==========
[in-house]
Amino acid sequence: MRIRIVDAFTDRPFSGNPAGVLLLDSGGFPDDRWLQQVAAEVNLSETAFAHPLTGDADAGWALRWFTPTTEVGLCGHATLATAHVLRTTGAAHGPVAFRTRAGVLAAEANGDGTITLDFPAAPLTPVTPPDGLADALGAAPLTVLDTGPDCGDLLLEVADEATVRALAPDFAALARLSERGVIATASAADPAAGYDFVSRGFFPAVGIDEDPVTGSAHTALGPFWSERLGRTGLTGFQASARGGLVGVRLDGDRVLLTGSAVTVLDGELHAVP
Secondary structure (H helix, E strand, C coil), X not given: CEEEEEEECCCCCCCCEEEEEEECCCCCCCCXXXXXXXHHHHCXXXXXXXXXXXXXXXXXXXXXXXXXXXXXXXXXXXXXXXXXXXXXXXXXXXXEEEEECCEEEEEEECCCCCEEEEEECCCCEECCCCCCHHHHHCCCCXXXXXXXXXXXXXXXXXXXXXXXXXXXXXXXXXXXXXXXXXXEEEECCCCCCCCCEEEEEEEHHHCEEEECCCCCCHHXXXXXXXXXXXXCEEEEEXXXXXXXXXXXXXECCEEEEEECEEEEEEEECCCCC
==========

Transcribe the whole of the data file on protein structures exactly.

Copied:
[in-house]
Amino acid sequence: MRIRIVDAFTDRPFSGNPAGVLLLDSGGFPDDRWLQQVAAEVNLSETAFAHPLTGDADAGWALRWFTPTTEVGLCGHATLATAHVLRTTGAAHGPVAFRTRAGVLAAEANGDGTITLDFPAAPLTPVTPPDGLADALGAAPLTVLDTGPDCGDLLLEVADEATVRALAPDFAALARLSERGVIATASAADPAAGYDFVSRGFFPAVGIDEDPVTGSAHTALGPFWSERLGRTGLTGFQASARGGLVGVRLDGDRVLLTGSAVTVLDGELHAVP
Secondary structure (H helix, E strand, C coil), X not given: CEEEEEEECCCCCCCCEEEEEEECCCCCCCCXXXXXXXHHHHCXXXXXXXXXXXXXXXXXXXXXXXXXXXXXXXXXXXXXXXXXXXXXXXXXXXXEEEEECCEEEEEEECCCCCEEEEEECCCCEECCCCCCHHHHHCCCCXXXXXXXXXXXXXXXXXXXXXXXXXXXXXXXXXXXXXXXXXXEEEECCCCCCCCCEEEEEEEHHHCEEEECCCCCCHHXXXXXXXXXXXXCEEEEEXXXXXXXXXXXXXECCEEEEEECEEEEEEEECCCCC